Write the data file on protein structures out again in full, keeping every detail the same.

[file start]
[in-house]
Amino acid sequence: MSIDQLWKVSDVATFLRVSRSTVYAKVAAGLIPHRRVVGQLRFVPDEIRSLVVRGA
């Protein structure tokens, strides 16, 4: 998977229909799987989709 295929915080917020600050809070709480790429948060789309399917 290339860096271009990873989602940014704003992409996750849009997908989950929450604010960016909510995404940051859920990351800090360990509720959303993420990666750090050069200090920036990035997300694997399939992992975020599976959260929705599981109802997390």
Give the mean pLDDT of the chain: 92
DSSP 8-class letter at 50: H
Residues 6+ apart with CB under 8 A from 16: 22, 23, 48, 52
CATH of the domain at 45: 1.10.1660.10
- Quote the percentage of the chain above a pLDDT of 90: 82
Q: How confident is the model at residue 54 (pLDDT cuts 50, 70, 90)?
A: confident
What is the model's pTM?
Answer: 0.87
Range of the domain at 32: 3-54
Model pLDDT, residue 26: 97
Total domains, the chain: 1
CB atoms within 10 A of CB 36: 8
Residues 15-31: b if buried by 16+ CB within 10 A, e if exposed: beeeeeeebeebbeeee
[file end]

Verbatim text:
[in-house]
Amino acid sequence: MSIDQLWKVSDVATFLRVSRSTVYAKVAAGLIPHRRVVGQLRFVPDEIRSLVVRGA
């Protein structure tokens, strides 16, 4: 998977229909799987989709 295929915080917020600050809070709480790429948060789309399917 290339860096271009990873989602940014704003992409996750849009997908989950929450604010960016909510995404940051859920990351800090360990509720959303993420990666750090050069200090920036990035997300694997399939992992975020599976959260929705599981109802997390």
Give the mean pLDDT of the chain: 92
DSSP 8-class letter at 50: H
Residues 6+ apart with CB under 8 A from 16: 22, 23, 48, 52
CATH of the domain at 45: 1.10.1660.10
- Quote the percentage of the chain above a pLDDT of 90: 82
Q: How confident is the model at residue 54 (pLDDT cuts 50, 70, 90)?
A: confident
What is the model's pTM?
Answer: 0.87
Range of the domain at 32: 3-54
Model pLDDT, residue 26: 97
Total domains, the chain: 1
CB atoms within 10 A of CB 36: 8
Residues 15-31: b if buried by 16+ CB within 10 A, e if exposed: beeeeeeebeebbeeee